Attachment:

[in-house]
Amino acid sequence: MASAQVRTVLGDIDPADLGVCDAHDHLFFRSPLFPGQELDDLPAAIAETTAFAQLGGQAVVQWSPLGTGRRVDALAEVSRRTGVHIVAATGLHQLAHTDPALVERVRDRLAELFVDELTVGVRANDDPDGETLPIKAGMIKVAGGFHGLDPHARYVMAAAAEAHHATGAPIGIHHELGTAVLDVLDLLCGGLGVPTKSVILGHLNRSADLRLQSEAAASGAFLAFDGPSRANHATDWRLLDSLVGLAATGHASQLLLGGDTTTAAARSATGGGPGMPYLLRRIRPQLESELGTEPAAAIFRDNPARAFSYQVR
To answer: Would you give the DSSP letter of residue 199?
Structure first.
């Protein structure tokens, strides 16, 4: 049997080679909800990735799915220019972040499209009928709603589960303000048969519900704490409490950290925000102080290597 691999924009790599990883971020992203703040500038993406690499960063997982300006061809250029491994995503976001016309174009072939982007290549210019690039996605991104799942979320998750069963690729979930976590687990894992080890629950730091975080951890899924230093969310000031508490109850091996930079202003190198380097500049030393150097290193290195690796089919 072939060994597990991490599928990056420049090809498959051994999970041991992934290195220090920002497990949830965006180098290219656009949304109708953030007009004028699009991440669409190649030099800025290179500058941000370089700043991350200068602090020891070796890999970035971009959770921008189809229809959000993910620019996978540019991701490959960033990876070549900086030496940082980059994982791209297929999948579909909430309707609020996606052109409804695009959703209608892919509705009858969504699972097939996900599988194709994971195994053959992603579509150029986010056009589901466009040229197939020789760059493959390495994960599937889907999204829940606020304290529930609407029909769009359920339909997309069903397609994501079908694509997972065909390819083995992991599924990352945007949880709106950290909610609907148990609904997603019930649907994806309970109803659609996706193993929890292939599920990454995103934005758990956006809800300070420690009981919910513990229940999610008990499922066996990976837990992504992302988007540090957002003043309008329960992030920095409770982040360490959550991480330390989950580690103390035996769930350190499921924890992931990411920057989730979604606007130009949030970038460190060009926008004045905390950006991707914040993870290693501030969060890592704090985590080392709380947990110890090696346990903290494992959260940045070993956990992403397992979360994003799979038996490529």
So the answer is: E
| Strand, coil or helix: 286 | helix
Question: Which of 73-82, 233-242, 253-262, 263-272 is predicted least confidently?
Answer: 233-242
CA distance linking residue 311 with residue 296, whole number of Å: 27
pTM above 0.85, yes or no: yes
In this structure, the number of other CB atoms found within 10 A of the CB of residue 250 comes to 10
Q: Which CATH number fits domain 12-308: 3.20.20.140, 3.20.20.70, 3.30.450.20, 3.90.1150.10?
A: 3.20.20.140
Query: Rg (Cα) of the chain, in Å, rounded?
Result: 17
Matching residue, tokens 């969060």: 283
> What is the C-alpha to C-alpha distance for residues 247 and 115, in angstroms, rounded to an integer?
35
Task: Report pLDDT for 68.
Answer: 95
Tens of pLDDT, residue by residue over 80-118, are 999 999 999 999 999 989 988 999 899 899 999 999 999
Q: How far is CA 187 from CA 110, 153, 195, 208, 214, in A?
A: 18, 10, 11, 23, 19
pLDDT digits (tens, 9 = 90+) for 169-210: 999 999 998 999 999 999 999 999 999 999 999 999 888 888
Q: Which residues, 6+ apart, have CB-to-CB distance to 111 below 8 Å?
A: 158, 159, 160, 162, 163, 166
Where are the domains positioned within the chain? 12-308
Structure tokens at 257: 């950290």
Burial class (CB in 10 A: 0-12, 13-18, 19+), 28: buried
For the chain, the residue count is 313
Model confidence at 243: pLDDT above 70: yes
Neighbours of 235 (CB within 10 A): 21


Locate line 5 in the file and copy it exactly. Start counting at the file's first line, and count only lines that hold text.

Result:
């Protein structure tokens, strides 16, 4: 049997080679909800990735799915220019972040499209009928709603589960303000048969519900704490409490950290925000102080290597 691999924009790599990883971020992203703040500038993406690499960063997982300006061809250029491994995503976001016309174009072939982007290549210019690039996605991104799942979320998750069963690729979930976590687990894992080890629950730091975080951890899924230093969310000031508490109850091996930079202003190198380097500049030393150097290193290195690796089919 072939060994597990991490599928990056420049090809498959051994999970041991992934290195220090920002497990949830965006180098290219656009949304109708953030007009004028699009991440669409190649030099800025290179500058941000370089700043991350200068602090020891070796890999970035971009959770921008189809229809959000993910620019996978540019991701490959960033990876070549900086030496940082980059994982791209297929999948579909909430309707609020996606052109409804695009959703209608892919509705009858969504699972097939996900599988194709994971195994053959992603579509150029986010056009589901466009040229197939020789760059493959390495994960599937889907999204829940606020304290529930609407029909769009359920339909997309069903397609994501079908694509997972065909390819083995992991599924990352945007949880709106950290909610609907148990609904997603019930649907994806309970109803659609996706193993929890292939599920990454995103934005758990956006809800300070420690009981919910513990229940999610008990499922066996990976837990992504992302988007540090957002003043309008329960992030920095409770982040360490959550991480330390989950580690103390035996769930350190499921924890992931990411920057989730979604606007130009949030970038460190060009926008004045905390950006991707914040993870290693501030969060890592704090985590080392709380947990110890090696346990903290494992959260940045070993956990992403397992979360994003799979038996490529």